In turn, I expect them to show themselves love and kindness, because "everyone is fighting a hard battle"--including ourselves. I expect them not to give up on themselves--or me. I expect them to fight for themselves, for their stories, for their voice, and for their passions.
And I hope that perseverance and that fight extends beyond my four walls.
Flavor #3: Gratitude
"Every day may not be good, but there is something good in every day."
-Alice Morse Earl
I come from a long line of pessimists. And as most pessimists, we prefer the term "realists." Six years ago I came across the One Good Thing Blog, which is a space where educators write at least one good thing that happened in their classroom that day. I've made it a practice to write something every day for the last six years. The only times I miss a day are when I'm home sick or with a sick child. Six years ago was when I made the switch from teaching college to high school. It was a rough transition for me. I had dreamed of being a professor since before I had a high school diploma. And all of a sudden I found myself sharing this space with thirty-six teenagers who rotated out every fifty-five minutes, who seemed to want nothing to do with my content nor with me. It was a difficult time. This blog was one of the things that rescued me. I fully believe now--after 810 posts--that my brain has been rewired to look for the good that occurs. And not only look for it, but celebrate it.
As a dear friend and mentor says, "We are what we celebrate."
And so I celebrate the good that my students add to my life and to each other's lives every day. Because that's who we are.
A couple of years after I started contributing to this blog, I began asking my students to write "one good thing" every now and then. I realized that many of them had no idea I wrote every day about the good that goes on in our room; and in addition to modeling that discipline for them, I also wanted them to practice it.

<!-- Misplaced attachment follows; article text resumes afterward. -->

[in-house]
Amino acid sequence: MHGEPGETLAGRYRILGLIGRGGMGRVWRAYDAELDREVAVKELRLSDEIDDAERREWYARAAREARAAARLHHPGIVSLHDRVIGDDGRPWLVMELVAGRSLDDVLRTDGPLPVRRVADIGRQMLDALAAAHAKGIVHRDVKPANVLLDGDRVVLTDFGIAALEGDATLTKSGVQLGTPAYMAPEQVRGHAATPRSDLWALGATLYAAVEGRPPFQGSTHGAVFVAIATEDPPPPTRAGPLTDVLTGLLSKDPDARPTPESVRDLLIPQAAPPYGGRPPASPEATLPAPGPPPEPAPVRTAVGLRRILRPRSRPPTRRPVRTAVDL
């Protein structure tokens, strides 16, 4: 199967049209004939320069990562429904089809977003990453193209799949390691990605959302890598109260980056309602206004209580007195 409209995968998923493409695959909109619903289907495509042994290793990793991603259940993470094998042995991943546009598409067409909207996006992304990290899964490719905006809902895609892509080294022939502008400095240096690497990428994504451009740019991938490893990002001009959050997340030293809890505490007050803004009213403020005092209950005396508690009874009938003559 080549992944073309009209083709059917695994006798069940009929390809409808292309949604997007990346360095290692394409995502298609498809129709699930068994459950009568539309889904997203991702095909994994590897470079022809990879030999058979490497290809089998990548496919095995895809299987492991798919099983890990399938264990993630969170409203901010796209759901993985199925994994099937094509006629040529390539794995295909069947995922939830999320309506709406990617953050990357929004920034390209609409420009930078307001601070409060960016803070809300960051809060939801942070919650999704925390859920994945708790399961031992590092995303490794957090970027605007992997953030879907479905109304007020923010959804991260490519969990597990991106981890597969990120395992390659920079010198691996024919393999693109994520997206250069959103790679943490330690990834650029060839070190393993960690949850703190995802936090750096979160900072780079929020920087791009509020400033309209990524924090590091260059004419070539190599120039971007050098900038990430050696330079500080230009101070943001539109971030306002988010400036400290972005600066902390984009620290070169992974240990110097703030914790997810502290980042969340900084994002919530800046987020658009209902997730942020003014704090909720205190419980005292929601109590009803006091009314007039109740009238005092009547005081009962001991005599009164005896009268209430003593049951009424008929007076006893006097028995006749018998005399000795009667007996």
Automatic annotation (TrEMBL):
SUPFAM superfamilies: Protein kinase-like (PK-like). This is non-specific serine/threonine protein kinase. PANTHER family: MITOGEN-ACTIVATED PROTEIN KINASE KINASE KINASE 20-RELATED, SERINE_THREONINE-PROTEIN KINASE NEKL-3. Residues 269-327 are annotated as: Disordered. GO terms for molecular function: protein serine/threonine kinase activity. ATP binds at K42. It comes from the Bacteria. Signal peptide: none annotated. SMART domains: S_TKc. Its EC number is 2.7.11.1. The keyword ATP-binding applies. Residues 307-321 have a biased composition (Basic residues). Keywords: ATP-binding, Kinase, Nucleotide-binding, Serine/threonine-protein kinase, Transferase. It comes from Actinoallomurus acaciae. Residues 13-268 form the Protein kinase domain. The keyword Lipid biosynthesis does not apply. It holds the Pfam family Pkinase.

In turn, I hope they practice this habit as often as is useful to them. I hope they look for the good that is all around them, because it is all around them.
And I hope that dedication and celebration extends beyond my four walls.
What does this have to do with mathematics?
Maybe nothing. Maybe everything. But these are the things that kept coming to my mind every time I sat down to write about my classroom.
I love mathematics. I have two degrees in it. But mathematics is merely the tool used to teach bigger life lessons in my classroom.
In my room, we use mathematics to understand that we know very little of the universe.
We use mathematics to form complete and thorough arguments in our justifications.
We use mathematics as a way to learn how we learn and how our friends learn.
We use mathematics as a way to feel pride in ourselves and in our hard work.
We use mathematics to celebrate both our shortcomings and hence our accomplishments.
We use mathematics as a way to recognize that our work is better when others help.
We use mathematics as a common language, no matter our native tongue.
We use mathematics as a tool for understanding that there may be many solutions to a problem. Still, there may be one most elegant solution.
We use mathematics for all these things; but at the end of the day, these things are the backdrop to the main production: grace.
Grace is the real theme I want in my classroom. I learned recently that the Greek word for grace is charis, which literally means "reaching, leaning, or stooping down in kindness."
And that's what I want mathematics--yes, mathematics--to feel like in my classroom. I want my kids' experience with math to be one where they feel I am leaning in with them--all in--to offer all the kindness and support they need to be successful. So that at the end of the year, whether they came in loving math or hating math or something in between, that they can say, "I am smart. I am worth it. I am valuable."
At the end of the day, that's our mission: adding value to kids.
Everyone's in. Everyone's seen and heard. Everyone's worth it.